On the cover North Coast Journal

May 26, 2005


Sly as a FOX: How Fox 29 dodged FCC rules to build a local broadcasting conglomerate [photo of several televisions with Fox 29 promotions of That '70s Show]

On the cover: Photo by Bob Doran
Sly as a FOX: How Fox 29 dodged FCC rules to build a local broadcasting conglomerate


A FEW WEEKS AGO, Fox 29 began running&nbspnew commercial designed to advertise the wares now offered by Eureka Television Group, the company that owns the station.

Backed by thumping electronic music, the self-congratulatory spot highlights the networks and shows that Eureka Television brings to Humboldt County. Fox -- American Idol, The O.C., The Simpsons. CBS -- CSI, Survivor. UPN -- the Oakland A's, the Sacramento Kings, America's Next Top Model. The WB -- 7th Heaven, The Gilmore Girls. And Univision -- international soccer, Cristina and scores of Latin American soap operas.

The ad was rolled out to mark Eureka Television's takeover of local CBS affiliate KVIQ-TV (Channel 6) late last month, after a protracted battle at the Federal Communications Commission. The company's corporate parent -- Sainte Partners of Modesto -- was not allowed to buy KVIQ outright, as it had hoped, but it was able to arrange a deal through a third party that gave it the right to effectively operate the station, as well as to handle its advertising accounts. Between Fox and CBS, Eureka Television now has rights to eight of the 10 highest rated shows in the country, as ranked in recent A.C. Nielsen polls.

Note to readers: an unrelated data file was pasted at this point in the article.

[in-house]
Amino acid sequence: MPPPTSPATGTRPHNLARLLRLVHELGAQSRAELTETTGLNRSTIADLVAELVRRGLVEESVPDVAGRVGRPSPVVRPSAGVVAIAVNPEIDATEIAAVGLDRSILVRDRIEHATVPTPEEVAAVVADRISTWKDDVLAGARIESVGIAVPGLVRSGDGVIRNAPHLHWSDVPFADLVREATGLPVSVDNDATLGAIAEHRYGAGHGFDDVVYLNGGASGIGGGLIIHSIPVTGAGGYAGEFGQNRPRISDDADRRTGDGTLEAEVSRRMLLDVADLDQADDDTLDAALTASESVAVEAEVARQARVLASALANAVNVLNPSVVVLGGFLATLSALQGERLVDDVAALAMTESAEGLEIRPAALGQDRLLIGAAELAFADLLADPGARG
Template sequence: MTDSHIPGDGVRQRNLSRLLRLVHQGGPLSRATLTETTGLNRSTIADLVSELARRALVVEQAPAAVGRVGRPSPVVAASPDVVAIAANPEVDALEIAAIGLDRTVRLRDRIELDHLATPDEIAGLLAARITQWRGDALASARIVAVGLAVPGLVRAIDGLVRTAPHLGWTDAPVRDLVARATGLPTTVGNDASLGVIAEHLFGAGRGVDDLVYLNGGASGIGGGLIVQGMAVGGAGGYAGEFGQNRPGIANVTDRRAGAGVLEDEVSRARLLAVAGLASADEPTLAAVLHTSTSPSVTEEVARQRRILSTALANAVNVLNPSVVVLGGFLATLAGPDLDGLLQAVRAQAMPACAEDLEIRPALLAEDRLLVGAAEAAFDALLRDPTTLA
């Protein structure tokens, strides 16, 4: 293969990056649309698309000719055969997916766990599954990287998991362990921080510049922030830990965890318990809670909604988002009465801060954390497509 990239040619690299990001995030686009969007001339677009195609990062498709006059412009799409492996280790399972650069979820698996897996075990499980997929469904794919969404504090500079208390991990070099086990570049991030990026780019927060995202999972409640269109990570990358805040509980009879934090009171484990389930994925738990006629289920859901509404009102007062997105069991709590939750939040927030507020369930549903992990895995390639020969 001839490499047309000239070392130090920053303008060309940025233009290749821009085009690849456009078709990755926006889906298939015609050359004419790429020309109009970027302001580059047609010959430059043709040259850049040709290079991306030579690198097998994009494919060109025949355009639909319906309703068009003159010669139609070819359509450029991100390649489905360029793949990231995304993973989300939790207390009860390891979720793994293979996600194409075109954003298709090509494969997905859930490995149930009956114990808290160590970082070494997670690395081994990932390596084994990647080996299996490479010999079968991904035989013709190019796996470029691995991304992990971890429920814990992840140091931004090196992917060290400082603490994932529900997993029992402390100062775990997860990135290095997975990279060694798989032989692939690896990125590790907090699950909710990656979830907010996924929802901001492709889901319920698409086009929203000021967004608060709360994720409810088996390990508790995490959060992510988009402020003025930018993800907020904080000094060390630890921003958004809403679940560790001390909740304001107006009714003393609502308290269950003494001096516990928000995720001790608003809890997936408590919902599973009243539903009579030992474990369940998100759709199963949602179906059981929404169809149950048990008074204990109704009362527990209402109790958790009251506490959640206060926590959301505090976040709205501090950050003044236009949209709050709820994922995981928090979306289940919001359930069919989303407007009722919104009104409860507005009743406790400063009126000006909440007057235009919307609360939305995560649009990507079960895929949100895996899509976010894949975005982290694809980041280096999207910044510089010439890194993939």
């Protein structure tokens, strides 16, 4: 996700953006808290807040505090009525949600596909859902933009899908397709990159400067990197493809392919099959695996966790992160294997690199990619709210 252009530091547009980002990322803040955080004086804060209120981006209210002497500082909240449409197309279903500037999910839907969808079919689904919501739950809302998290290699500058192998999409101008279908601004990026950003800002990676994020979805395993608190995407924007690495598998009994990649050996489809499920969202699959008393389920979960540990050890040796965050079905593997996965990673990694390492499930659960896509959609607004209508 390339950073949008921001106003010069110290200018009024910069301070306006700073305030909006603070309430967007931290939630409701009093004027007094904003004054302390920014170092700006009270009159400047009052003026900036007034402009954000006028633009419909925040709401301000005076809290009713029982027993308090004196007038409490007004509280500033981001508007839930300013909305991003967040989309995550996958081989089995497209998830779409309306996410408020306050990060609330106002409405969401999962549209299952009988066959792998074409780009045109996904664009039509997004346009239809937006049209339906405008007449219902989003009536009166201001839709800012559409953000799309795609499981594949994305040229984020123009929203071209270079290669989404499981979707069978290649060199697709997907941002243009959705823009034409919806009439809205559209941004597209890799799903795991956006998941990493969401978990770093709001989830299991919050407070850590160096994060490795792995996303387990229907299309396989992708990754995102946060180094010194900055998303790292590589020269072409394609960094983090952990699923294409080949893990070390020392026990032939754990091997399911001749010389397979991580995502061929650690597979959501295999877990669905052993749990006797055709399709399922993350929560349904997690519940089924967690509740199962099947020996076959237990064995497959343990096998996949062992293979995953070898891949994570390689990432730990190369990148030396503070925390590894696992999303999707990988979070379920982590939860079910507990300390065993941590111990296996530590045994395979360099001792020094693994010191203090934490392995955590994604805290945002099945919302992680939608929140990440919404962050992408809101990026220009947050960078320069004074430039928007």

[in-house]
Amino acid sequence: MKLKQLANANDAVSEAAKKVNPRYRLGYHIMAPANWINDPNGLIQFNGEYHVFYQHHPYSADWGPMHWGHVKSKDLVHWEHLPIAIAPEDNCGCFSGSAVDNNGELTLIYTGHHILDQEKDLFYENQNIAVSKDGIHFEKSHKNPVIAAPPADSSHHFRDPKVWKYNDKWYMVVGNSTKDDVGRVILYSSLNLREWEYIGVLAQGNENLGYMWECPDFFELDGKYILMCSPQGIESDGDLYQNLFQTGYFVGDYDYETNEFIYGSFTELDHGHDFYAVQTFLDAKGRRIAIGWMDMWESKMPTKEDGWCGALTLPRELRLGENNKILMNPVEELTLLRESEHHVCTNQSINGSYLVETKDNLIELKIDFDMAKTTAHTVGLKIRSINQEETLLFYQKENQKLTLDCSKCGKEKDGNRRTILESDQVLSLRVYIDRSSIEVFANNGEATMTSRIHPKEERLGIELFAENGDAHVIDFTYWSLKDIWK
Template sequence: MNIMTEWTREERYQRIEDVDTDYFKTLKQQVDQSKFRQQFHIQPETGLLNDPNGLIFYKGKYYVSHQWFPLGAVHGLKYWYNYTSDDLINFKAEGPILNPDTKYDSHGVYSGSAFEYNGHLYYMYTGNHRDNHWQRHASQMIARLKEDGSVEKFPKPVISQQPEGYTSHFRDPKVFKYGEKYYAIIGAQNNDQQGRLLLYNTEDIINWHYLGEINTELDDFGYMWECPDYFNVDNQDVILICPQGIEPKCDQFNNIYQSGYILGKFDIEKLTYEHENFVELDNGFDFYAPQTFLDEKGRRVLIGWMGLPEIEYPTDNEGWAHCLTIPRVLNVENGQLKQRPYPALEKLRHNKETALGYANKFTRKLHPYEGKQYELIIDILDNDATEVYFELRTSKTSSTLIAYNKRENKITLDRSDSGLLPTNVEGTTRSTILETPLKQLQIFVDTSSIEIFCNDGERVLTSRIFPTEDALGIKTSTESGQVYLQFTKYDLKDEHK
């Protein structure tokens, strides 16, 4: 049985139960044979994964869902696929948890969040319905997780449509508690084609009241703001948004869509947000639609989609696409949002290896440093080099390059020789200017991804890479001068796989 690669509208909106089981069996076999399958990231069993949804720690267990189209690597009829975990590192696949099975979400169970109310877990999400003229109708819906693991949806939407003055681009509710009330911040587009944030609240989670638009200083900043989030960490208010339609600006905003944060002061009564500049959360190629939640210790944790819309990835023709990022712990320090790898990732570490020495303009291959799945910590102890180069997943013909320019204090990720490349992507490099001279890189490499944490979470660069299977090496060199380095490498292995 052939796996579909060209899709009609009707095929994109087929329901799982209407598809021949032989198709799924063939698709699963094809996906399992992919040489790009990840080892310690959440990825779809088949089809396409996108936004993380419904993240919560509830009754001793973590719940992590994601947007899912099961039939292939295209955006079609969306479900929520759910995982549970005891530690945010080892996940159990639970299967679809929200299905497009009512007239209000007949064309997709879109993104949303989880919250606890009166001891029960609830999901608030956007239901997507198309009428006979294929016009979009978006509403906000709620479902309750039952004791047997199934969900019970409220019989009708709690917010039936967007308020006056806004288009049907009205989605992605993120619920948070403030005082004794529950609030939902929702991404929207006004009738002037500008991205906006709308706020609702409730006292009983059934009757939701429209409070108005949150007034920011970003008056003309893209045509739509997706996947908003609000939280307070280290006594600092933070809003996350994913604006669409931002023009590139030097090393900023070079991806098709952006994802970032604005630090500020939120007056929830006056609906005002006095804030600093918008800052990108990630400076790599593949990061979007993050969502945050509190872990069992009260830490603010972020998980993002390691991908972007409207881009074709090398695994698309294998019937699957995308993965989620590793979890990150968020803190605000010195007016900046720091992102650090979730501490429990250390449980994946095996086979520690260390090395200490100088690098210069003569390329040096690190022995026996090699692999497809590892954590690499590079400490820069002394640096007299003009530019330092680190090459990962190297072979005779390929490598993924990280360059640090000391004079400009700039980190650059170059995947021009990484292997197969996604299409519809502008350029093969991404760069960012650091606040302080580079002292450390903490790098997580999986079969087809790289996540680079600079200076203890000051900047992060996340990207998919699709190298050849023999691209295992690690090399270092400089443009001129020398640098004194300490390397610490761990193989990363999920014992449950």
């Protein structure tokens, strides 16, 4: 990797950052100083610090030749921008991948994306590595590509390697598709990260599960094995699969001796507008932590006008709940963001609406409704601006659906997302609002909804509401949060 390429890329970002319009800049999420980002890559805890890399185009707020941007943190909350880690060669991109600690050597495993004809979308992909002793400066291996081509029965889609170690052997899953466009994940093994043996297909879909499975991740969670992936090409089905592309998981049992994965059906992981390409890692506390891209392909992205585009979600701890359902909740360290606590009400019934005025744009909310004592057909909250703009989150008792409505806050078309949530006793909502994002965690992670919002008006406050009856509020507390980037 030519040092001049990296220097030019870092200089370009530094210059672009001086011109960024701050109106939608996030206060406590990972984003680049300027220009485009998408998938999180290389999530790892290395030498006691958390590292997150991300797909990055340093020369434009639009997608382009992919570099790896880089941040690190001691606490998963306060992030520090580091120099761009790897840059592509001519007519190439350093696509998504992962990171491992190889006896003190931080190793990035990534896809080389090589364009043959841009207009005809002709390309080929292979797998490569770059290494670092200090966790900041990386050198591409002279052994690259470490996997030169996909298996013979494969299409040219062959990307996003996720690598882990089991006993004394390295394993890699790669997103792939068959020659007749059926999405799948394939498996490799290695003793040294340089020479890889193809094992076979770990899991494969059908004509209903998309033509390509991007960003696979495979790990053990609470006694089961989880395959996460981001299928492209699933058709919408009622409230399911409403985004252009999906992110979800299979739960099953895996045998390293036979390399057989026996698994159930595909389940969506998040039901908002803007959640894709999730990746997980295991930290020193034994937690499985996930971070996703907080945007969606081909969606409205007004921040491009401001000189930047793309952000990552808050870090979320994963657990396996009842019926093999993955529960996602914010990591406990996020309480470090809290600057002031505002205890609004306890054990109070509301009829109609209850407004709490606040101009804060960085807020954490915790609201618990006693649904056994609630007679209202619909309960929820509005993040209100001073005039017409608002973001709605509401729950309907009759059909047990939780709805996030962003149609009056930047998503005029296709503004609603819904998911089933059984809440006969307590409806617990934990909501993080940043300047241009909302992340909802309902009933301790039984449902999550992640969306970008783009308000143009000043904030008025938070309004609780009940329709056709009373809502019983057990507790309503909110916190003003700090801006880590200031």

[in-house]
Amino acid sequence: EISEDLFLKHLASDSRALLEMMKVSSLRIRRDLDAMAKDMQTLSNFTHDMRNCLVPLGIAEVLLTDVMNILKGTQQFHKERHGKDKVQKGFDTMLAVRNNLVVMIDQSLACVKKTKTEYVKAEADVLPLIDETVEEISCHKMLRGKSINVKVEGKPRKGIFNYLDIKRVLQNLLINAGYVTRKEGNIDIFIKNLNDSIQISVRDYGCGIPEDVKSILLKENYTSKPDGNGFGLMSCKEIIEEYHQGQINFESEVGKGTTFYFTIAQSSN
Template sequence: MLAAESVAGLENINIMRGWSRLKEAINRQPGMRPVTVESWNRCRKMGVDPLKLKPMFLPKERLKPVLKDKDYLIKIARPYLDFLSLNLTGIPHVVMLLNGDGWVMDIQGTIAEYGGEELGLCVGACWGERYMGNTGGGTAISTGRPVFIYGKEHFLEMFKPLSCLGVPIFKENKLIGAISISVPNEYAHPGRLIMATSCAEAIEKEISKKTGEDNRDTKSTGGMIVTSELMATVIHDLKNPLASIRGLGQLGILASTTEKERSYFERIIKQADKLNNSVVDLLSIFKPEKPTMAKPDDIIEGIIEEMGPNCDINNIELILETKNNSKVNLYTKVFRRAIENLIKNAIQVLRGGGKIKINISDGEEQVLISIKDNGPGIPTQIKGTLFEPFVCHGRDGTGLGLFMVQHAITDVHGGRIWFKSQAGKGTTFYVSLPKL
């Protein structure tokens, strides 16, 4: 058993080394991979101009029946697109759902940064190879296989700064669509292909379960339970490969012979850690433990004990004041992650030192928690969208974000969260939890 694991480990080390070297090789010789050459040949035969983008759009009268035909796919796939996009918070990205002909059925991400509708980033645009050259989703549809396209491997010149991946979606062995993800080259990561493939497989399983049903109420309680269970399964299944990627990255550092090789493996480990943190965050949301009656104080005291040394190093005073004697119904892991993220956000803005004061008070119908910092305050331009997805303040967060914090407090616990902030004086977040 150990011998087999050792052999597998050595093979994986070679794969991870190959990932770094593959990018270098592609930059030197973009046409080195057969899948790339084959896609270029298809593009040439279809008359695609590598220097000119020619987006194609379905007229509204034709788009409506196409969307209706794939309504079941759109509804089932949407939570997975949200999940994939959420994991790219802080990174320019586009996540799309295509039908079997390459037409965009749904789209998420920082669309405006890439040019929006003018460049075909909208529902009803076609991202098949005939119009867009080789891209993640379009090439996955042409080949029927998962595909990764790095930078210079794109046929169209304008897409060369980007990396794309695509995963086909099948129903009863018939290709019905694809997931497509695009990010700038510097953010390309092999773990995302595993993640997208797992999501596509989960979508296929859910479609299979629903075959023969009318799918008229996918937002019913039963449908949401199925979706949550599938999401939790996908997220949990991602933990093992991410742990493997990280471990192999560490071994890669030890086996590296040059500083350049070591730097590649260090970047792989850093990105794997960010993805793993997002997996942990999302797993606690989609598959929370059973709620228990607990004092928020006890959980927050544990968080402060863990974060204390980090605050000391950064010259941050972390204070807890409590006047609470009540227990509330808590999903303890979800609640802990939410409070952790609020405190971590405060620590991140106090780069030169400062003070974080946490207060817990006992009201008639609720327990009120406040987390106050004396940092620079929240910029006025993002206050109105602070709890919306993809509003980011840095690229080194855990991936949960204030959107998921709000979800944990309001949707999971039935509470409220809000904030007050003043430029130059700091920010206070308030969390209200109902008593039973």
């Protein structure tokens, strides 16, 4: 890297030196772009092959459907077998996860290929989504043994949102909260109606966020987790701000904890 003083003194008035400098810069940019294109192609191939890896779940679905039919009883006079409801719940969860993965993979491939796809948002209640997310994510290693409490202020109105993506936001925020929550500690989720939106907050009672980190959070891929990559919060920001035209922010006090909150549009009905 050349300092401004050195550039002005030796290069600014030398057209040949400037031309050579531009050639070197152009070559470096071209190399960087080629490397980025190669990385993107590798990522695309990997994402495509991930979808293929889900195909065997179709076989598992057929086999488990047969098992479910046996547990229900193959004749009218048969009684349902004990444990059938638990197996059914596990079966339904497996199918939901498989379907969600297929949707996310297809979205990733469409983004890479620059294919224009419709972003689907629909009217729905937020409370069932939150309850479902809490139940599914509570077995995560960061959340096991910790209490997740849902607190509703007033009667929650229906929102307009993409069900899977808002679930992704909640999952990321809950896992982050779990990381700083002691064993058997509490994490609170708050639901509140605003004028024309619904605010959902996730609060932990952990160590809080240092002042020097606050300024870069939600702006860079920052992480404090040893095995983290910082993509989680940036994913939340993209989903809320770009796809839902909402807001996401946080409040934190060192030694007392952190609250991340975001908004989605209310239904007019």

But the ad also gave a taste of some of the new programming that locals who depend on their rabbit-ear antennas will soon be able to enjoy along with their cable-wired neighbors. Eureka Television has been the local outlet for the Spanish-language network Univision for more than a year now, selling ads that are inserted into the network's local Cox Cable feed. Earlier this year, it acquired rights to do the same for the two smaller English-language networks, UPN and the WB. And in a couple of weeks, the company also will start broadcasting UPN and Univision over the airwaves, on channels 31 and 33 respectively, with the WB possibly to follow.